When the sun dawned on Oct. 31, 1517, Martin Luther prepared to share his 95 theses with the German church — not knowing the day would eventually be pegged as the birth of the Protestant Reformation, and a day that fundamentally changed the landscape of Europe.

The parchment at hand had a laundry list of grievances against indulgence, a way to reduce the amount of punishment required to suffer for sin, as taught by the Catholic Church. In 1500s Europe, indulgences had become a practice that monetized salvation — for a monetary offering, the church would promise remission of punishment in purgatory. The gift of eternal life was turned into a late night infomercial: “As soon as the coin in the coffer rings, the soul from purgatory springs.” Luther could no longer stomach a practice that fleeced peasants to fatten the pockets of clergies and finance St. Peter’s Basilica. He even directly called out the pope: “Why does not the pope, whose wealth today is greater than the wealth of the richest Crassus, build the basilica of St. Peter with his own money rather than with the money of poor believers?”

The common narrative of Reformation emphasizes Luther’s recovery of biblical authority on which he established the doctrines of salvation by grace, and not by works. This is unfortunate, because it caricatures Luther’s social reform solely into a doctrinal dispute. But Luther’s main target was the church’s unjust practice of indulgence. He had to undo convoluted doctrines, haphazardly slapped together through centuries, that were needed to support this inhumane practice. So against the labyrinthine doctrines that were buttressing indulgence — including purgatory, authority of tradition, and infallibility of papacy because lies need more words than truth — Luther marshalled what we now know as the rallying calls of the Reformation: “Grace alone, Scripture alone, Christ alone.”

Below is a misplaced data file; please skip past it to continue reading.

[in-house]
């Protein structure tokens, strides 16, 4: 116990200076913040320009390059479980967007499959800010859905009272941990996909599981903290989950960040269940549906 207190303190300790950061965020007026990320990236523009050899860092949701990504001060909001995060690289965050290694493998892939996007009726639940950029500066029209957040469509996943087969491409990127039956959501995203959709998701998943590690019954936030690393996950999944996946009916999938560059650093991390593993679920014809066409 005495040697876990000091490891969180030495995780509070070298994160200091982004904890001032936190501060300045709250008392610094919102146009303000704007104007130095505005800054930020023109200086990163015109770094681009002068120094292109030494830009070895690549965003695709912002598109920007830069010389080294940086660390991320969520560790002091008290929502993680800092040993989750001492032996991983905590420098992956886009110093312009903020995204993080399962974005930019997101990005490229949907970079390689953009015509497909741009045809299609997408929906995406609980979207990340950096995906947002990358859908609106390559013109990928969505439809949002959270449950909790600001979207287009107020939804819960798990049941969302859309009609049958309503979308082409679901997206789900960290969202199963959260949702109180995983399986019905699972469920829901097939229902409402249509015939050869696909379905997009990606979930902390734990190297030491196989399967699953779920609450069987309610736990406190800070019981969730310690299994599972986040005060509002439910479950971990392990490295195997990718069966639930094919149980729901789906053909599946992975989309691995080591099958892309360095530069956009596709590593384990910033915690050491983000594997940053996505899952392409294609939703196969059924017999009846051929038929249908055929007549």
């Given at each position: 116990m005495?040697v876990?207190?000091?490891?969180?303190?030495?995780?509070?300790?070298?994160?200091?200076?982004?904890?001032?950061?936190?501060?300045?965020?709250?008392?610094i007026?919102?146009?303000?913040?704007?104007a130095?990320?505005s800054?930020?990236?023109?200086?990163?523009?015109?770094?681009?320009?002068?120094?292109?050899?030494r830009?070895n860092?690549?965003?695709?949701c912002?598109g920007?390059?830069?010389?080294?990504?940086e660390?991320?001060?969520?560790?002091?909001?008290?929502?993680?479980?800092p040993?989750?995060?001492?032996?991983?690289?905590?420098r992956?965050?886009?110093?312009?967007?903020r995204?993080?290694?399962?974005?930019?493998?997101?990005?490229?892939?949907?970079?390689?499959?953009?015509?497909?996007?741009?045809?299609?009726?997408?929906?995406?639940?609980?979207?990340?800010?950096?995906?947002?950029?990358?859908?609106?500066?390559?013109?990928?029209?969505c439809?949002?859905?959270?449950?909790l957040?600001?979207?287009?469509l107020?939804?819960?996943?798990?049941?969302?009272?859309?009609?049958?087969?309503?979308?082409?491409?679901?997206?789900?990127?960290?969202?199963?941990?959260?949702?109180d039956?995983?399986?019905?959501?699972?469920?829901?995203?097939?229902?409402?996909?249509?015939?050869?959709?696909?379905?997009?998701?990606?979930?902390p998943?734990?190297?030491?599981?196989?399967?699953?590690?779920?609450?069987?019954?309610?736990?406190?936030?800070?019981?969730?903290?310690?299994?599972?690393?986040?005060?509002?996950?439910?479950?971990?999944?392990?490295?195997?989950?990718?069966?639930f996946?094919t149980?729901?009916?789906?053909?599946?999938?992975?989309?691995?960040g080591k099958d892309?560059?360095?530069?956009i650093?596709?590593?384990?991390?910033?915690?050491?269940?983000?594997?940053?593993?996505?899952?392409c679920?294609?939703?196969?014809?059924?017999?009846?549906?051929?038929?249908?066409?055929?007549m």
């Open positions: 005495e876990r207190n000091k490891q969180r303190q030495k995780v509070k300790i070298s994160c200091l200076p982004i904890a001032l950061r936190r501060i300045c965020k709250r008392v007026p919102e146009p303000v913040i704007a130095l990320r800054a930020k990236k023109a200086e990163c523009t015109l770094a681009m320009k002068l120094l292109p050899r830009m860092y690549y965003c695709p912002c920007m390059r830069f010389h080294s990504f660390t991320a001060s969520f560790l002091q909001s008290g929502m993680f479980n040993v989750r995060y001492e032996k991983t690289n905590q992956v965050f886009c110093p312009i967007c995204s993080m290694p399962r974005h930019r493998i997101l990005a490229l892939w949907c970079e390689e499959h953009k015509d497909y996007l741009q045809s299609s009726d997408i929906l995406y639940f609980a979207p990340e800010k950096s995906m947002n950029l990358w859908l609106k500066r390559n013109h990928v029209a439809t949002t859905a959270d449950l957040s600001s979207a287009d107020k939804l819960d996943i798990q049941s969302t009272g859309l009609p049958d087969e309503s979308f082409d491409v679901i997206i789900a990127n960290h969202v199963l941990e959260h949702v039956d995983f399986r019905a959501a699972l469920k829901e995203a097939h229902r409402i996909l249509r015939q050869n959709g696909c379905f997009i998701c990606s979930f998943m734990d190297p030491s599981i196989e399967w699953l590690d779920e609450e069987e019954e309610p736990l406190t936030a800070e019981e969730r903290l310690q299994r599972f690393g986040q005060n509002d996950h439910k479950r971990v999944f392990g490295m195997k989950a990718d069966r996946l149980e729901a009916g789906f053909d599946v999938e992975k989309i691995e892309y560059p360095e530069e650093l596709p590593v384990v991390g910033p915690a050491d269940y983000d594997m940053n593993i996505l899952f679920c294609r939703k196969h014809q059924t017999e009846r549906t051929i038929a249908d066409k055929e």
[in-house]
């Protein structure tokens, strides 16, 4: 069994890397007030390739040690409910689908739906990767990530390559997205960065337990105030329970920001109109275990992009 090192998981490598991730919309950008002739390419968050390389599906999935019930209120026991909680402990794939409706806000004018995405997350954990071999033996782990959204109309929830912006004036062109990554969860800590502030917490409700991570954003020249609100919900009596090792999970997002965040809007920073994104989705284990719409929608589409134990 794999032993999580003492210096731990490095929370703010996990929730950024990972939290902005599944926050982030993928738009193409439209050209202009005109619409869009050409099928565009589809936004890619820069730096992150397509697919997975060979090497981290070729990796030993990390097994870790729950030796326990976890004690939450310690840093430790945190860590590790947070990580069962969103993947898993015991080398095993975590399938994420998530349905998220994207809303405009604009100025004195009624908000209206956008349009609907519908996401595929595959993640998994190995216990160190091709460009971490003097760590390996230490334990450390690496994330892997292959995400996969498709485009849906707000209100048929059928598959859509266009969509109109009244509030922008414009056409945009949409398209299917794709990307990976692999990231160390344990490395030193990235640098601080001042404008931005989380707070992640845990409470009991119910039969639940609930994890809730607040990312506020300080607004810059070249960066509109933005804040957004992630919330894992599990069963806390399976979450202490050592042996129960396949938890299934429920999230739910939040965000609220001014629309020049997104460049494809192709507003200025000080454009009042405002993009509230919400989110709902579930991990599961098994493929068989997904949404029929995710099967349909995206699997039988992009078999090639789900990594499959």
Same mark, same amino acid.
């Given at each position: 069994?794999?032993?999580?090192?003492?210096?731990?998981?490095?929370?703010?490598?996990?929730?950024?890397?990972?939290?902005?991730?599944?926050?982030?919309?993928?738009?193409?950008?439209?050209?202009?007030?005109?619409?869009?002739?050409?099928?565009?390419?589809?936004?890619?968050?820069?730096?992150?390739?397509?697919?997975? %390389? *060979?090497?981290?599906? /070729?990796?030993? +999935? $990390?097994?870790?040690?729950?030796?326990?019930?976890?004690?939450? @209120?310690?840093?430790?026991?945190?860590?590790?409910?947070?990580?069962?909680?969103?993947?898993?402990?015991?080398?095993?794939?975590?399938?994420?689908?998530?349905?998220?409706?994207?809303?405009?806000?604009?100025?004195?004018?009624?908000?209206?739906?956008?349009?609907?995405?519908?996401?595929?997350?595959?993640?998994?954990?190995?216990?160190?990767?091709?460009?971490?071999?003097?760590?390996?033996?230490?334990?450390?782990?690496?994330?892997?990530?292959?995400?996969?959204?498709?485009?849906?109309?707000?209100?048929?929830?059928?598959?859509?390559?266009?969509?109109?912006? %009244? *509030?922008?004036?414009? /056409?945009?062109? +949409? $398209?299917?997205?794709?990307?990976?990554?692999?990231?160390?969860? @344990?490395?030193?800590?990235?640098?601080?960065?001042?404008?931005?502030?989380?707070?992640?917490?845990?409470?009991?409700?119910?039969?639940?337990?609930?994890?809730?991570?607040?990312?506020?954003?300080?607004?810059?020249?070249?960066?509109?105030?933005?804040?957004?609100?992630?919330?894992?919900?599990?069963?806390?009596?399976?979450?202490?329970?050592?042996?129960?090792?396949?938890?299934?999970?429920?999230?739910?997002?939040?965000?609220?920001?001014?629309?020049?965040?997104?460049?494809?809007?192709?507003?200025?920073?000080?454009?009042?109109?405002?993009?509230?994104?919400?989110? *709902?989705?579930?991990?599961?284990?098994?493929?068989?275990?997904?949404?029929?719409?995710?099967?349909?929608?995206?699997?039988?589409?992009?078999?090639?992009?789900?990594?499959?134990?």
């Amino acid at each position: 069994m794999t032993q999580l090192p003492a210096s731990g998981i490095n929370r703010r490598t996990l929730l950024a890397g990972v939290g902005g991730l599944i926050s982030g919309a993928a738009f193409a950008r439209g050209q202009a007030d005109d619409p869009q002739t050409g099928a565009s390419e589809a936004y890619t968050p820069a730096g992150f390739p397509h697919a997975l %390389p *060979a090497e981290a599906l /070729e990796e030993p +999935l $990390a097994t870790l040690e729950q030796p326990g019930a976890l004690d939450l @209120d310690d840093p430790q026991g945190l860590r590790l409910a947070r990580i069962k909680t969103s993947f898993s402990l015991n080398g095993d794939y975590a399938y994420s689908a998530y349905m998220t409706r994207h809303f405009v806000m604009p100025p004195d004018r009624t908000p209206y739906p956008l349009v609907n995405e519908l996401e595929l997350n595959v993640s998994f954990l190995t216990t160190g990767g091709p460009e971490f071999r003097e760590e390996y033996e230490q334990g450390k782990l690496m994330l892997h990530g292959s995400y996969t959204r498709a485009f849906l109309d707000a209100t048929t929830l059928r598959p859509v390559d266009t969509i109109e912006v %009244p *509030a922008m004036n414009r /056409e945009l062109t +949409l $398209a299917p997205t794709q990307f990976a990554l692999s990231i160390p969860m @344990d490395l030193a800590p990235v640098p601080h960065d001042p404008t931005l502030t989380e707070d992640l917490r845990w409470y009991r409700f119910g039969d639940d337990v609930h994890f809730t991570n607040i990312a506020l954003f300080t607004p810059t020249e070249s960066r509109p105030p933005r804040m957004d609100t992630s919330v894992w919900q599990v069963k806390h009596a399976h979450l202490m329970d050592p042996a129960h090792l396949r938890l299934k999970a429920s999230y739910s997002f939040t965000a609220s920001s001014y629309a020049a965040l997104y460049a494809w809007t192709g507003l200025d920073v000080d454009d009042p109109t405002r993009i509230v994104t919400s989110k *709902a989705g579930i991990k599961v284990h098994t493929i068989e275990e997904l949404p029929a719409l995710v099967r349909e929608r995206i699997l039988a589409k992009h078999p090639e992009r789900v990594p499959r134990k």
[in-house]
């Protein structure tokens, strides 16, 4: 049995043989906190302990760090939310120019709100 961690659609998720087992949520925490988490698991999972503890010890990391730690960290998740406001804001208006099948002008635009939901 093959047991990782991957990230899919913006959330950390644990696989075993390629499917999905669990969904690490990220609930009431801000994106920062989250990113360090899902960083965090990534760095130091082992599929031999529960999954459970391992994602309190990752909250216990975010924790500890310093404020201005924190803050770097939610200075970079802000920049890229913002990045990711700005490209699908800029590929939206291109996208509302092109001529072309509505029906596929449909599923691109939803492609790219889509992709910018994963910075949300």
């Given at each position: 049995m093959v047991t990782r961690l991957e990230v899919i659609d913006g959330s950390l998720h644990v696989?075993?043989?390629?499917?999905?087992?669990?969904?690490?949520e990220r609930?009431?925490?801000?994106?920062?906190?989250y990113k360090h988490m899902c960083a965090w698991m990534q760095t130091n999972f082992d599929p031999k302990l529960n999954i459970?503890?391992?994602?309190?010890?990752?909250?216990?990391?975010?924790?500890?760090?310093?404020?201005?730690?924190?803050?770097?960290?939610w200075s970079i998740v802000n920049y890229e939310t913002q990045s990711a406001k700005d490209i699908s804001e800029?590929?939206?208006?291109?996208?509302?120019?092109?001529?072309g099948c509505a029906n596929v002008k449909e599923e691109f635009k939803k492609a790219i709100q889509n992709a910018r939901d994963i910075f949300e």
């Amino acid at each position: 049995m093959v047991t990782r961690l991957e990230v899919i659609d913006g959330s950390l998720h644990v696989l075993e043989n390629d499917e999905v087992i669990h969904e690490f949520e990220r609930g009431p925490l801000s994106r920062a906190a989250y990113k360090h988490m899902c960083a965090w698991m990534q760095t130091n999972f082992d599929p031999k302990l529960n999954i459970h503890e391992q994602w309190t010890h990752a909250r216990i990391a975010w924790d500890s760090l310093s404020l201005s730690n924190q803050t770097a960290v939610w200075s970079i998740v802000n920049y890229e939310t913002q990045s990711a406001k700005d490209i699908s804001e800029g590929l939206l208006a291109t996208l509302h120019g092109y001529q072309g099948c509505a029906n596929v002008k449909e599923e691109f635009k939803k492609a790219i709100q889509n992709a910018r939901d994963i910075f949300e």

These were the times of peasant uprisings and church-centric social structures. “Grace alone!” was Luther’s “Black Lives Matter!” as he marched for a more just church and society.

The version of the Reformation as a doctrinal dispute — an internal affair of the church — is a safe version, blinding us from the injustices in our times that demand the same boldness and social awareness. It’s always easier to revere a hero than to follow in their footsteps.

Today, we also face an egregious practice in the American church, one that birthed doctrines as convoluted as the ones needed for indulgence: the practice of segregated congregations. Most American congregations are monocultural. In 1963, Martin Luther King Jr. denounced church as “the most segregated hour in America.” More than 50 years later, that is still true.

Segregated congregations aren’t the product of choice. We have white churches and black churches because, in America, we had white masters and black slaves. We are divided by design. Our segregated churches are direct descendants of the history of slavery and its racist ideology. Slaves worshipped in the fields and could not break bread with the white masters. After slavery was abolished, black people were relegated to gallery seats. In some congregations, if they became too numerous, they got kicked out.